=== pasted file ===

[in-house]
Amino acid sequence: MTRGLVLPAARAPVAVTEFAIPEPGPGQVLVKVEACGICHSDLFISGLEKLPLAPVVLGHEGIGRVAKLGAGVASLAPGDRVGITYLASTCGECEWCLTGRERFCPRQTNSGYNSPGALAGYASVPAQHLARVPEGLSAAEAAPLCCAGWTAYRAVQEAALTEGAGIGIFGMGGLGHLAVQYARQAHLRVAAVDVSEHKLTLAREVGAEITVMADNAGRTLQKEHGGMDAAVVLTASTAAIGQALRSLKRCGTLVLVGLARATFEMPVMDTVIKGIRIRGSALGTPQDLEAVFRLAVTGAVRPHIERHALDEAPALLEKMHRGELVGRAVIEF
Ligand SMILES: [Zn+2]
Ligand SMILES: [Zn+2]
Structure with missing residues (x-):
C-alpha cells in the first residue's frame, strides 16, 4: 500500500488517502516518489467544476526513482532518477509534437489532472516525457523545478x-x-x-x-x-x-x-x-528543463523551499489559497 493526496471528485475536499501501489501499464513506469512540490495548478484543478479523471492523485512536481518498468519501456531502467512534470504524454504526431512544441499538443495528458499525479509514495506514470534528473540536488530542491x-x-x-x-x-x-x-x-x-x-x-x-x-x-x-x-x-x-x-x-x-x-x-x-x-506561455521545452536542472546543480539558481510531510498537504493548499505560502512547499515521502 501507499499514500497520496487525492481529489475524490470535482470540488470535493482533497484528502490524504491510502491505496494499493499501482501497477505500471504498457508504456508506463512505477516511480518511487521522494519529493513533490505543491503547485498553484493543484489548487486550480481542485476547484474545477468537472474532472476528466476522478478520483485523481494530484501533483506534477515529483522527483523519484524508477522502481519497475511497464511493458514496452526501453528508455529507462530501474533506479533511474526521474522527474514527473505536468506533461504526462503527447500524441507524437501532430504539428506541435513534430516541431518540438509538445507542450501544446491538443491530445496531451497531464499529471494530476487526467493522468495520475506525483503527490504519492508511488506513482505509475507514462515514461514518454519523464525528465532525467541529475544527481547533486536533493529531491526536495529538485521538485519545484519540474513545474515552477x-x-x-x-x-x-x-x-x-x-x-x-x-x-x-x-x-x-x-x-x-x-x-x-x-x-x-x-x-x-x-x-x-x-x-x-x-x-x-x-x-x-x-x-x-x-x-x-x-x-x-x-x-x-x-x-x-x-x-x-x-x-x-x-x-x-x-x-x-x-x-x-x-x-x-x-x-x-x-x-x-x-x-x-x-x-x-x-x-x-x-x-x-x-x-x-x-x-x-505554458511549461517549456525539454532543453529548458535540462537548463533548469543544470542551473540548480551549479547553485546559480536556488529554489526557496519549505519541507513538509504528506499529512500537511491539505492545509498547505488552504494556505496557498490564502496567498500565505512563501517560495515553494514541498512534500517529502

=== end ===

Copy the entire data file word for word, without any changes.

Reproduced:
[in-house]
Amino acid sequence: MTRGLVLPAARAPVAVTEFAIPEPGPGQVLVKVEACGICHSDLFISGLEKLPLAPVVLGHEGIGRVAKLGAGVASLAPGDRVGITYLASTCGECEWCLTGRERFCPRQTNSGYNSPGALAGYASVPAQHLARVPEGLSAAEAAPLCCAGWTAYRAVQEAALTEGAGIGIFGMGGLGHLAVQYARQAHLRVAAVDVSEHKLTLAREVGAEITVMADNAGRTLQKEHGGMDAAVVLTASTAAIGQALRSLKRCGTLVLVGLARATFEMPVMDTVIKGIRIRGSALGTPQDLEAVFRLAVTGAVRPHIERHALDEAPALLEKMHRGELVGRAVIEF
Ligand SMILES: [Zn+2]
Ligand SMILES: [Zn+2]
Structure with missing residues (x-):
C-alpha cells in the first residue's frame, strides 16, 4: 500500500488517502516518489467544476526513482532518477509534437489532472516525457523545478x-x-x-x-x-x-x-x-528543463523551499489559497 493526496471528485475536499501501489501499464513506469512540490495548478484543478479523471492523485512536481518498468519501456531502467512534470504524454504526431512544441499538443495528458499525479509514495506514470534528473540536488530542491x-x-x-x-x-x-x-x-x-x-x-x-x-x-x-x-x-x-x-x-x-x-x-x-x-506561455521545452536542472546543480539558481510531510498537504493548499505560502512547499515521502 501507499499514500497520496487525492481529489475524490470535482470540488470535493482533497484528502490524504491510502491505496494499493499501482501497477505500471504498457508504456508506463512505477516511480518511487521522494519529493513533490505543491503547485498553484493543484489548487486550480481542485476547484474545477468537472474532472476528466476522478478520483485523481494530484501533483506534477515529483522527483523519484524508477522502481519497475511497464511493458514496452526501453528508455529507462530501474533506479533511474526521474522527474514527473505536468506533461504526462503527447500524441507524437501532430504539428506541435513534430516541431518540438509538445507542450501544446491538443491530445496531451497531464499529471494530476487526467493522468495520475506525483503527490504519492508511488506513482505509475507514462515514461514518454519523464525528465532525467541529475544527481547533486536533493529531491526536495529538485521538485519545484519540474513545474515552477x-x-x-x-x-x-x-x-x-x-x-x-x-x-x-x-x-x-x-x-x-x-x-x-x-x-x-x-x-x-x-x-x-x-x-x-x-x-x-x-x-x-x-x-x-x-x-x-x-x-x-x-x-x-x-x-x-x-x-x-x-x-x-x-x-x-x-x-x-x-x-x-x-x-x-x-x-x-x-x-x-x-x-x-x-x-x-x-x-x-x-x-x-x-x-x-x-x-x-505554458511549461517549456525539454532543453529548458535540462537548463533548469543544470542551473540548480551549479547553485546559480536556488529554489526557496519549505519541507513538509504528506499529512500537511491539505492545509498547505488552504494556505496557498490564502496567498500565505512563501517560495515553494514541498512534500517529502